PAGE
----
It is not moral offences that are principally aimed at, for these the laws of the land take cognizance of; þut religious offences, of which none can judge but that Being who sees the heart of every man. The power which dif

ferent sects assume, under the idea that they are the church of Christ, is almost unlimited; and this is founded upon directions given by Jesus Christ to his immediate followers, which have no necessary relation to us, and which it is not too much to say, are neither the perfec. tion of Christian experience, nor in accordance with those more sublime and exalted doctrines, which he at other times spoke of, and upon which he acted; not of telling of offences; not of letting men be as heathens to each other, but of loving our enemies, giving to those who would take from us; and of that humble dependance upon God, in which the excellence of his character and mission, are so beautifully displayed.

If the power of knowing the hearts of its members, was really delegated to societies; then indeed their might be reason, why they should undertake to judge them; but as they do not know the feelings and motives which ac. tuate their conduct, they cannot know their sins, nor can they correct them; that it is an illusion to pretend to reform them, by the application of written laws: this is constanily exemplified in

very country: men are most severely punished, but it seldom happens that they are reformod thereby: we so constantly witness the re

newed exercise of the civil law on the same in. dividuals for similar offences; that there is great reason to doubt whether it is any means of reformation. It may by force restrain them from injuring their fellow-men; but every true amendment must begin in the heart, by obe. dience to that principle which God has placed there.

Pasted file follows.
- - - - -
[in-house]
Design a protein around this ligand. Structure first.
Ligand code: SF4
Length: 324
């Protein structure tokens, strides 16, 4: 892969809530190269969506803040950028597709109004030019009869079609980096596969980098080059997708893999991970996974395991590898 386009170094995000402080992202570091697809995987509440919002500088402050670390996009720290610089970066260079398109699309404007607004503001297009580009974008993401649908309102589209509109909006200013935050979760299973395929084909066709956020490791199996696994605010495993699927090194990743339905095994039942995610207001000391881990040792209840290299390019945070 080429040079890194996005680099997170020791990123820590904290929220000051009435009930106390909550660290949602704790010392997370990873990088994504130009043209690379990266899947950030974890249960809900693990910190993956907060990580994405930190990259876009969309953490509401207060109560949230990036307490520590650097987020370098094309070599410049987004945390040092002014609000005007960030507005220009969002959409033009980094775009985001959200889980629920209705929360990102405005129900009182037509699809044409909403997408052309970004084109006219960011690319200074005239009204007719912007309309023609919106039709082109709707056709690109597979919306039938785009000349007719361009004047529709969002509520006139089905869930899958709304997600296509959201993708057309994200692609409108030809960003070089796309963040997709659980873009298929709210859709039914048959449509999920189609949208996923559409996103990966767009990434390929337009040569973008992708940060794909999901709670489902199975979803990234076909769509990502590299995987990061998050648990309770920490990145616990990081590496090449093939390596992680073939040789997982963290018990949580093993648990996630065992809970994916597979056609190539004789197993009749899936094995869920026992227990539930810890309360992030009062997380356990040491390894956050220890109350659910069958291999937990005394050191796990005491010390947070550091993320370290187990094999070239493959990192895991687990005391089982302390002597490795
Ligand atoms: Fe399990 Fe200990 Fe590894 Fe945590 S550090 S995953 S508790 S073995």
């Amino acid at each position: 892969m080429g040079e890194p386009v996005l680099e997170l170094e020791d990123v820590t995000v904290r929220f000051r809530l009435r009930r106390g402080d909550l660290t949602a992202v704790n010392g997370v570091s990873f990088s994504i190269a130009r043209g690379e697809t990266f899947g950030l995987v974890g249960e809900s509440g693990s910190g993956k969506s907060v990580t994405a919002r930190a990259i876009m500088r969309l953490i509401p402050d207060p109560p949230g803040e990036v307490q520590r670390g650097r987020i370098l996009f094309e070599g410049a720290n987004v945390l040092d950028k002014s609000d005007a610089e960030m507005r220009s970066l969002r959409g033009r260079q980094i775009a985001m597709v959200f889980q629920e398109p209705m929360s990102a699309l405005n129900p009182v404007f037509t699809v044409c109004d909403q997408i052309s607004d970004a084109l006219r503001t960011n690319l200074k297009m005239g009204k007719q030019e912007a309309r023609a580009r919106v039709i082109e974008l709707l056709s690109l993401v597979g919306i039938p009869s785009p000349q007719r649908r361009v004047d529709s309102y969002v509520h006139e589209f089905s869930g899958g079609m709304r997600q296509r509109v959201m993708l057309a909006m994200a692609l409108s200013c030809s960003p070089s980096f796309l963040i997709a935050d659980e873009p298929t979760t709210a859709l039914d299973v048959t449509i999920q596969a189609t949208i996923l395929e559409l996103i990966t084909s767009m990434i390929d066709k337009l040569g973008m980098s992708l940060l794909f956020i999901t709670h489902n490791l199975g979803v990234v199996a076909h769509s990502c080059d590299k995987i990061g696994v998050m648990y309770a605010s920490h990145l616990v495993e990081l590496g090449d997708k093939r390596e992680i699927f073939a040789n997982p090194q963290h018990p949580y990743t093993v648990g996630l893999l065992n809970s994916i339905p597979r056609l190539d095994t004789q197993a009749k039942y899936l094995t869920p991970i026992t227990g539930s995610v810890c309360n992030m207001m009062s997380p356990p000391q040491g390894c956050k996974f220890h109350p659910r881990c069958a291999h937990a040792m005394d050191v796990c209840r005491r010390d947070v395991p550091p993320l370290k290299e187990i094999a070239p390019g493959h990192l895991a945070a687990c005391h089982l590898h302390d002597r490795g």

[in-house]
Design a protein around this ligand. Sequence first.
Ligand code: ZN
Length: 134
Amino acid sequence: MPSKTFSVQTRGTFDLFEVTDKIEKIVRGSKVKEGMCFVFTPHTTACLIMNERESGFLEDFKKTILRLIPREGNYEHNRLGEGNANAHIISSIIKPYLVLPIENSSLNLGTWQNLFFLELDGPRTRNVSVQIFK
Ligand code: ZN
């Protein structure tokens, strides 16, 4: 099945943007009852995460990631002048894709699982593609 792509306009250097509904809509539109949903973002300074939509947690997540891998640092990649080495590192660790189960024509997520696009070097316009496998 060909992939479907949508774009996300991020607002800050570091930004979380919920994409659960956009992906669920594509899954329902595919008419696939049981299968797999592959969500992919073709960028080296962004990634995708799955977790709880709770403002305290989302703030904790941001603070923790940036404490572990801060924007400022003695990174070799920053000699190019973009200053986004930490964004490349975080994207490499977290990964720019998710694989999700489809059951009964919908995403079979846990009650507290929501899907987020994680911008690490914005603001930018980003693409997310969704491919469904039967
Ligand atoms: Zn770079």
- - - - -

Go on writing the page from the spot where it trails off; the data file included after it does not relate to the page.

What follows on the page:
As we do not observe reformation and amendment to follow, from the punishments which the civil law inflicts, neither do we, from those of ecclesiastical tribunals. Where is the man that has really and truly been made better, by being dismissed from a religious society ? if indeed it has made one better, it has made ten worse, by holding them as heathens; and even when this is not the issue, it is altogether to be doubted, whether the exertions of individuals, acting as such, would not always be more efficacious than those which are the effect of society contrivances, and which as they are official, so they are often formal and ungodly; for as a regular ordained ministry made by the appointment of men, does prevent the effusions of pure minds; so do official reformers, tend to discourage the honest efforts of other men, perhaps more pious than themselves. How far every act which is merely official in religion, is